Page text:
Luhring Augustine, a New York gallery that hasn’t participated in Frieze New York since 2014, is returning this year with a group show of new, figurative works by artists Christina Forrer, Tom Friedman, Sanya Kantarovsky, and Emo Verkerk. “Connecting with each other in the presence of the physical work is vital to our business,” director Julia Speed tells Galerie. “That said, we hope the inherent ease of access that the online platforms provide will allow us to connect with new audiences—perhaps even more so than a physical fair might.”

Sanya Kantarovsky, Forever Empty, 2020. Photo: Courtesy of Luhring Augustine

Every work will feature an “inquire” button, but Speed also encourages direct communication. “Don’t hesitate to reach out and engage with the dealers and ask questions,” she says. “And I would recommend inquiring whether the gallery has an image of the work installed, as this might help you get a better sense of the experience of the work, or ask for further materials such as videos or articles on the artists. We are all home on our laptops and are happy to talk about the artists.”

Lorna Simpson, Chicago, 2020 Photo: James Wang © Lorna Simpson, courtesy the artist and Hauser & Wirth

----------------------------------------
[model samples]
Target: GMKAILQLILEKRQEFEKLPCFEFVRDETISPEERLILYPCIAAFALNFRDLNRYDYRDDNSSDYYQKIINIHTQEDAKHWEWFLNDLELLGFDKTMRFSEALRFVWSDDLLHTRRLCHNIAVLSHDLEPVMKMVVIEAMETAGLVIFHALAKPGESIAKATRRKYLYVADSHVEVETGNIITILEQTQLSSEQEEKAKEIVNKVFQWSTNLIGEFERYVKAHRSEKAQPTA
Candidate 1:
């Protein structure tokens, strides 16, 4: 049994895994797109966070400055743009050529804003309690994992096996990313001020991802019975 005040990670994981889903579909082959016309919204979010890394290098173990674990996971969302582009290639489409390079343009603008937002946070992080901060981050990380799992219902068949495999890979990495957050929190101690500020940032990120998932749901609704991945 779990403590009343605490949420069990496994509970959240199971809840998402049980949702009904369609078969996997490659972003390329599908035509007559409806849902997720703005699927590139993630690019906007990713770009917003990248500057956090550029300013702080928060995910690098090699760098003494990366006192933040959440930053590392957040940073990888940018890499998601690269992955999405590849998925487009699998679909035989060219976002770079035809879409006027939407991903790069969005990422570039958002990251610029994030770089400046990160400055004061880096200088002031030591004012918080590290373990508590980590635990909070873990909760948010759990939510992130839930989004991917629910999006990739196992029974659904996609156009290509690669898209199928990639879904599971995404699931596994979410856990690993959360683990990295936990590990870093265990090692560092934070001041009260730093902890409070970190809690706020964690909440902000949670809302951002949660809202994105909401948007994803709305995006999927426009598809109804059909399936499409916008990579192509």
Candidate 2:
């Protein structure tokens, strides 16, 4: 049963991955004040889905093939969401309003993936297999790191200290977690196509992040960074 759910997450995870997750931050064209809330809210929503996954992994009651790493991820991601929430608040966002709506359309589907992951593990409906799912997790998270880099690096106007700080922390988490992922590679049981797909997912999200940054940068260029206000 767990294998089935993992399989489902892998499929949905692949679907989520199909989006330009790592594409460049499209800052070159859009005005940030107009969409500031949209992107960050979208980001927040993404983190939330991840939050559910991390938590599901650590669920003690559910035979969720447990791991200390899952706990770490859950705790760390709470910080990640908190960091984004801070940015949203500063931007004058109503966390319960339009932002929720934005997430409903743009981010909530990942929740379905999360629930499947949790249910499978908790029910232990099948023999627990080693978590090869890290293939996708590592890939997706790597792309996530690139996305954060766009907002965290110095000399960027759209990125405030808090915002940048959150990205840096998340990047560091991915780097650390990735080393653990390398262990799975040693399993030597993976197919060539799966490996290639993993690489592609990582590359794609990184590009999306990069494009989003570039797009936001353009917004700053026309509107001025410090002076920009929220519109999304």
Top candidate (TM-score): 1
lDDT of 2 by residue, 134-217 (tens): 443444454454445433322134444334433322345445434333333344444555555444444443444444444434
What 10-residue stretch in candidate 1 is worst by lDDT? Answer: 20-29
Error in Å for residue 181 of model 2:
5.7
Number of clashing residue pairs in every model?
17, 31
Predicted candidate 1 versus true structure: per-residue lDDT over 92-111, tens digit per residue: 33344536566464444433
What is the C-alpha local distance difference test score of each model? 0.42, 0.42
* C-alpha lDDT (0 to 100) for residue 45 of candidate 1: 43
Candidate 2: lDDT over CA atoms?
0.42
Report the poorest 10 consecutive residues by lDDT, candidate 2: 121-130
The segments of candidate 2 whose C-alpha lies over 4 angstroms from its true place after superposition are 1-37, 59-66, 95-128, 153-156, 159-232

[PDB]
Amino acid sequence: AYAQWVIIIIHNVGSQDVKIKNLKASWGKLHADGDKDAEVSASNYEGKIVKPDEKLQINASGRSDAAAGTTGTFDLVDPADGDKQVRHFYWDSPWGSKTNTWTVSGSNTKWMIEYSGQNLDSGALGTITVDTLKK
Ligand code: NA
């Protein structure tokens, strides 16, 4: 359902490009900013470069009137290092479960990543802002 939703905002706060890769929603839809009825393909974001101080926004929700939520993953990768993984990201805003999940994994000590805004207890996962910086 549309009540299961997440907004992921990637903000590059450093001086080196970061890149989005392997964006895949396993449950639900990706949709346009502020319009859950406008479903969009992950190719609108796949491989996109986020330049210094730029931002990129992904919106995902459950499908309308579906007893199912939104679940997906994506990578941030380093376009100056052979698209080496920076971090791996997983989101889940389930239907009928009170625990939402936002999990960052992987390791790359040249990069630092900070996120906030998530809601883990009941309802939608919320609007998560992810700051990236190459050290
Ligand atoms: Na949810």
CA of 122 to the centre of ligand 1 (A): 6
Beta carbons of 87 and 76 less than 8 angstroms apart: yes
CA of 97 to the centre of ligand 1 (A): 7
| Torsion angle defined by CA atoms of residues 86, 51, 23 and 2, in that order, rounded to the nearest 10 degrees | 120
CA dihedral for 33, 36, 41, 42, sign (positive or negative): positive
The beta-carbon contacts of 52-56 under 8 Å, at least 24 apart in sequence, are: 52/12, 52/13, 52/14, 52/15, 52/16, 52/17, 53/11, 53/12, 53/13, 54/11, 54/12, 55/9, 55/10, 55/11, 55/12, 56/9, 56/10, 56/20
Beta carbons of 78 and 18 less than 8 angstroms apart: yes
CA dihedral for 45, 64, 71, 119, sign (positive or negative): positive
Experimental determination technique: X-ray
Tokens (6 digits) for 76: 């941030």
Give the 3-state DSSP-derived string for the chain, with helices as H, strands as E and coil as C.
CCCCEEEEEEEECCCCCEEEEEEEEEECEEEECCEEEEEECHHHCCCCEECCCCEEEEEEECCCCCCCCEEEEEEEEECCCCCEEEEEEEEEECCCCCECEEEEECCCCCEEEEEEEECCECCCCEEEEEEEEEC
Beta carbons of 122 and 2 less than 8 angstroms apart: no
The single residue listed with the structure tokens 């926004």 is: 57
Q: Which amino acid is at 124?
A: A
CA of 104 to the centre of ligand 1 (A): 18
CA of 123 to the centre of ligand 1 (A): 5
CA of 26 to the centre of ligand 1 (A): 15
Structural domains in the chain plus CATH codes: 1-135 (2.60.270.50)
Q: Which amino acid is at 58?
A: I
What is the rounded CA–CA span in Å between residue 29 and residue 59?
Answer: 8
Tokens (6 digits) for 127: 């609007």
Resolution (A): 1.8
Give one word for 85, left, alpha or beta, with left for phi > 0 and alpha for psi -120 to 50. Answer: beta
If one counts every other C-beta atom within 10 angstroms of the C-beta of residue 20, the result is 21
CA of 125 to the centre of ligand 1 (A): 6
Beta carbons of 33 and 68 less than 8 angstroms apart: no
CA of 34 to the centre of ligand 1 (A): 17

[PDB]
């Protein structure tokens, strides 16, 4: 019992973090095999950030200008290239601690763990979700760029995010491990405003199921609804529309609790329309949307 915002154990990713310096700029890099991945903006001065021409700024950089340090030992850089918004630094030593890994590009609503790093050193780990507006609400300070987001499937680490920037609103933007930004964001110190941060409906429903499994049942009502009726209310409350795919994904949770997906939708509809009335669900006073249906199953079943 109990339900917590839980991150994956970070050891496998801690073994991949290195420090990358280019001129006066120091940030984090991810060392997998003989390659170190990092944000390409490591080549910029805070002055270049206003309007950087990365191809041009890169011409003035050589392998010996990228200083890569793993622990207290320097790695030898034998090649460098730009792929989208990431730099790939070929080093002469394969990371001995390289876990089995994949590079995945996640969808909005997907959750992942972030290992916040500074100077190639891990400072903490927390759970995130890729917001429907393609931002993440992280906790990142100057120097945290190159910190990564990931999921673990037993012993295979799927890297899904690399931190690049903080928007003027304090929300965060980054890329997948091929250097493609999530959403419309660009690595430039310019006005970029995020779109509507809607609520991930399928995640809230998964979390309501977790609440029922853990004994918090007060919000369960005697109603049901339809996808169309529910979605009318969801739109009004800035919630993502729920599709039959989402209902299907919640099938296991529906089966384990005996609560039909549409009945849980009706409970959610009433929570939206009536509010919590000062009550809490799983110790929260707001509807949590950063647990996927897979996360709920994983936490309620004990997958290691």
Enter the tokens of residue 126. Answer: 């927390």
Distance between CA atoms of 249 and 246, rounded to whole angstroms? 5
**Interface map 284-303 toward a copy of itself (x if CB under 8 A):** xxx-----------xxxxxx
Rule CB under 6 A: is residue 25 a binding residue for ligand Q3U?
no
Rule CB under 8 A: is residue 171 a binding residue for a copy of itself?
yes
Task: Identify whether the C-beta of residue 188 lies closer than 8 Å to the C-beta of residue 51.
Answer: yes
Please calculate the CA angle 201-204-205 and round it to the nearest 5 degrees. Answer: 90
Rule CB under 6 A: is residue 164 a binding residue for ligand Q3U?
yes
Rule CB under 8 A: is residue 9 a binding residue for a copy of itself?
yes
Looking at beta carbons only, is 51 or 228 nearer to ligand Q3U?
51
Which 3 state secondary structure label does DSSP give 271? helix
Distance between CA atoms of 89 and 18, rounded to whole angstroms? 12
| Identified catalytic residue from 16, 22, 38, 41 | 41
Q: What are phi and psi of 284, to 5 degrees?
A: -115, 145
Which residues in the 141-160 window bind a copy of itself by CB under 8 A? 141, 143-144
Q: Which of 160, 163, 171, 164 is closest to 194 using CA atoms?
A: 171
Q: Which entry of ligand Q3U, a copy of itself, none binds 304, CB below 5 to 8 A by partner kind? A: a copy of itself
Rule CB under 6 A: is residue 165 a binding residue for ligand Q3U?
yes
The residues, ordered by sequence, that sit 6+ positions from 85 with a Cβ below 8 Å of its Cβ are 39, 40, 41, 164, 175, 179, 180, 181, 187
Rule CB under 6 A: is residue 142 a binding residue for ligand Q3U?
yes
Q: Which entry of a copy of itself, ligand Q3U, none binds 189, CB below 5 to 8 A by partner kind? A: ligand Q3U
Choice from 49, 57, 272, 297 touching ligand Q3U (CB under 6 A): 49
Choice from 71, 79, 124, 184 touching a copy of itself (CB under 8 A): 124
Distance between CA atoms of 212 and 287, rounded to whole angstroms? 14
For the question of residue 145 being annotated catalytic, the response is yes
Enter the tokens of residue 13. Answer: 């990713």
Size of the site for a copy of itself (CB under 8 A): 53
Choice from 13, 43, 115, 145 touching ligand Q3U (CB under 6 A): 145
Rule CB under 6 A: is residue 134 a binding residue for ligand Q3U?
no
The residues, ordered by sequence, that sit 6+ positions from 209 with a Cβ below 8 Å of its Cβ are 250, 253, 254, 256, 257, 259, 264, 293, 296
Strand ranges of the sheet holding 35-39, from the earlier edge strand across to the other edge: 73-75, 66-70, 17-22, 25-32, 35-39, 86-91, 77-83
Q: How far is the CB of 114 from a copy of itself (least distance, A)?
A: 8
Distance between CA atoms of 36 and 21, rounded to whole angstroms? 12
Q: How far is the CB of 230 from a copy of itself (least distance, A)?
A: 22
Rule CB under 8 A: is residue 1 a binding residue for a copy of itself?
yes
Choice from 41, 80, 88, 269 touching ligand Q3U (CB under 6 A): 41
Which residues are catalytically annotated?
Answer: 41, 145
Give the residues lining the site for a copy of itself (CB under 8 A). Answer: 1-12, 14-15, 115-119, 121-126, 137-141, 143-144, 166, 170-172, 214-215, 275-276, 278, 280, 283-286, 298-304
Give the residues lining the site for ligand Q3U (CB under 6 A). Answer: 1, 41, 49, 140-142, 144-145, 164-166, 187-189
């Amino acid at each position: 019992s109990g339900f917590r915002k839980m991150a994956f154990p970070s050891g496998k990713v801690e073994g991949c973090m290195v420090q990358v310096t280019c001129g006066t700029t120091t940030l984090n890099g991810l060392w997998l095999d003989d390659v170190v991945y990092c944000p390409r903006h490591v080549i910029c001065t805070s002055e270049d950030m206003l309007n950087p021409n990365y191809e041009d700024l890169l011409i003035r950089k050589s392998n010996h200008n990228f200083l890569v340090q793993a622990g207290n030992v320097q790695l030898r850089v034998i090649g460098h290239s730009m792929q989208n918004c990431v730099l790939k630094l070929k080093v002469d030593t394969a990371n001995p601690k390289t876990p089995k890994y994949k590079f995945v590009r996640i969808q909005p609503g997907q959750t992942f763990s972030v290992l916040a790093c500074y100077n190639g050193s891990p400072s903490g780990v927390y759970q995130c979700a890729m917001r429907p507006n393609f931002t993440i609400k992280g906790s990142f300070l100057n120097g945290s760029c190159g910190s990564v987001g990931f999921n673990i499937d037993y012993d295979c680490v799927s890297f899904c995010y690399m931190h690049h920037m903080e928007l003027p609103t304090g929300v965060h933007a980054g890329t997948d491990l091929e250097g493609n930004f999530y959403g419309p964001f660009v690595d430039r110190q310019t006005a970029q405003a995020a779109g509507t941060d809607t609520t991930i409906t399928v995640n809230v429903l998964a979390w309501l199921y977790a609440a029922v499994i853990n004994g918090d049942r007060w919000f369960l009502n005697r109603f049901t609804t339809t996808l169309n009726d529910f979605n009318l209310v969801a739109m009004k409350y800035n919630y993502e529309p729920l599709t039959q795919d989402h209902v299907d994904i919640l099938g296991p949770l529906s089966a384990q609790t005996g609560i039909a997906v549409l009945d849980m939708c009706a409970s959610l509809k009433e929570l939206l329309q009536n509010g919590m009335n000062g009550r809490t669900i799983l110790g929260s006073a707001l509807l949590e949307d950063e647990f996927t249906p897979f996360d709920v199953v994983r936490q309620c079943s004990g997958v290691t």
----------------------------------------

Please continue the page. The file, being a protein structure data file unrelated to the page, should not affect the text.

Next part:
Perhaps the biggest drawing card for collectors will be the incredible market transparency. Most featured works come with a specific price or price range—a radical move in an industry usually reluctant to make prices readily available. “It’s so interesting to see how many galleries have added prices to the works, even at the highest levels,” comments Victoria Siddall, global director of Frieze, during the press preview. A “buy-now” button with e-commerce functionality is not off the table either. “Everything is possible for future development. Things will continue to develop as we get feedback.”

Jean Dubuffet, Voie Piétonnière 20 Janvier, 1981. Photo: Courtesy Waddington Custot

“It’s amazing to be able to spend time reading and learning about other artists you might not have encountered when you’re rushing through to try and see 100 galleries in a day,” says Randolph of the advantages of the online format. “From well-known names and things that are over a million dollars to some really exciting new discoveries, there is a lot to see! Over the week, why not spend an evening with a cocktail and peruse the sections you might want to take a deeper dive into?”

An online model may never fully replace the unique presence, energy, and multisensory environment one gets from being at a fair, but perhaps in the future galleries can continue to use technology in more dynamic ways to augment the experience. “It’s extraordinary to see how much engagement there is during this time,” Siddall says. “And I think maybe people didn’t realize how much they needed the arts until they were taken away.”

Frieze New York is on view for free May 8–15 with a VIP preview 6–7. Register for access here. 


Cover: Olafur Eliasson, *Blue Hour Flare,* 2020.
Photo: Courtesy the artist and Tanya Bonakdar Gallery